July 15, 2002: The pressure is on! The Central Pennsylvania Teamster Pension Reform Committee is a force that will not be denied. Through lawsuits, mass meetings, media exposure, petitions, contact with influential public officials and regulatory agencies, tough questioning at union meetings and membership education, the committee has created a situation where the Teamsters, from Hoffa on down, have to deal with their critical pension problem.
For Teamsters in the Central Pennsylvania pension plan, any pension credits they have accrued prior to 1987 are in a defined benefits (DB) plan. Since 1987, the benefits are in a defined contribution (RIP) plan. When the switch was made all participants were assured by the fund trustees that the old DB plan was fully funded. The trustees were dead wrong. The old DB plan is anywhere between $103 and $160 million underfunded, with no additional revenues coming into it.
To make matters worse the trustees have botched up investments in good times and in bad. They are completely discredited in the eyes of the rank and file.
How to make up the money they need for the DB fund? The trustees have an idea — a bad one. Rather than going after the companies, they want to take from 20 to 35 percent, depending on age and years of service, of the pension contributions paid on behalf of fund participants under the age of 51 and divert that RIP money into the old DB plan to make up the deficit. Since the legality of such a move (taking one person’s guaranteed pension money and giving it to someone else) is highly dubious, this money is being held in an escrow account for the time being.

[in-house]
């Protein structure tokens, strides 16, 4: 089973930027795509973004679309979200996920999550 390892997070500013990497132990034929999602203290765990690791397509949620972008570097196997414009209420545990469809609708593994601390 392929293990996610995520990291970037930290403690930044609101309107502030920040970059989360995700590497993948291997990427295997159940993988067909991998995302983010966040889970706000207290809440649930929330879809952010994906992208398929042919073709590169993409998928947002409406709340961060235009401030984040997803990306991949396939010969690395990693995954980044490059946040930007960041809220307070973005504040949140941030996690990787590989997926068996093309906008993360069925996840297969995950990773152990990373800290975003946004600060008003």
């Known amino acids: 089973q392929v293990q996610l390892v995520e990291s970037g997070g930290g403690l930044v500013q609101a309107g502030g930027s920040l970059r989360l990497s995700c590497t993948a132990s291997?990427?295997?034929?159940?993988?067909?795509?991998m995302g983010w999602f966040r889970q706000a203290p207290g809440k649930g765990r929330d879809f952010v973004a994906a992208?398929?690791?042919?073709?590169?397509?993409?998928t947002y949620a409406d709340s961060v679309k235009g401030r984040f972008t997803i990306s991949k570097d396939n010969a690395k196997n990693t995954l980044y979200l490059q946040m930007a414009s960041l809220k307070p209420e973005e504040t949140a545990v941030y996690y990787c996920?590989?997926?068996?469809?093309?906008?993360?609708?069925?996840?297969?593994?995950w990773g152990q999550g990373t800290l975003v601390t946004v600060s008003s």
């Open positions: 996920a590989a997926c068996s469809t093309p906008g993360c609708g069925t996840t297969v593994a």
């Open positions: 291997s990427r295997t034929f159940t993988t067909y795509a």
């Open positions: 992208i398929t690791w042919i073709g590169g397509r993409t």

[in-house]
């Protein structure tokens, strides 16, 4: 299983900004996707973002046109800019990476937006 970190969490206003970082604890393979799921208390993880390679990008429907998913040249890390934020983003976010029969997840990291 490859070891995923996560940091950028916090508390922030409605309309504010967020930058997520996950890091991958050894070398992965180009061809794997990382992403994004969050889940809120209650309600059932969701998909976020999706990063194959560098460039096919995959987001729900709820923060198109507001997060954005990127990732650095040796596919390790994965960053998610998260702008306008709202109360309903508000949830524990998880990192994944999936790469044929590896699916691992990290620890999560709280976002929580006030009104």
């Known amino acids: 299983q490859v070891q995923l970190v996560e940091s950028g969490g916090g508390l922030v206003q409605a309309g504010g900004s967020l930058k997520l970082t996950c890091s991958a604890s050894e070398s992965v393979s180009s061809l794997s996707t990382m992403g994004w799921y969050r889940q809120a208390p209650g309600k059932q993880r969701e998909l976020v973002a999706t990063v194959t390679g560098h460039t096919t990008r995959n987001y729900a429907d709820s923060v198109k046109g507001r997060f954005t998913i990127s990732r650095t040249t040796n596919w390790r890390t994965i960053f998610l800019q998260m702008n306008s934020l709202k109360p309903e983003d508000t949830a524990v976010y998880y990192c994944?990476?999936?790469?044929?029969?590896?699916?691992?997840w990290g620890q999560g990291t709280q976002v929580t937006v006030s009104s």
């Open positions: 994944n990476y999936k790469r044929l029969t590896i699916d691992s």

Facing a rank and file revolt, the Hoffa administration is pressing the Upstate New York pension fund to take the fund over. A formal proposal from the Upstate New York plan is expected within weeks. The Reform Committee, which has recently held mass meetings in Milton, Scranton and Harrisburg and has another scheduled for Reading, vows to carefully scrutinize the Upstate New York proposal.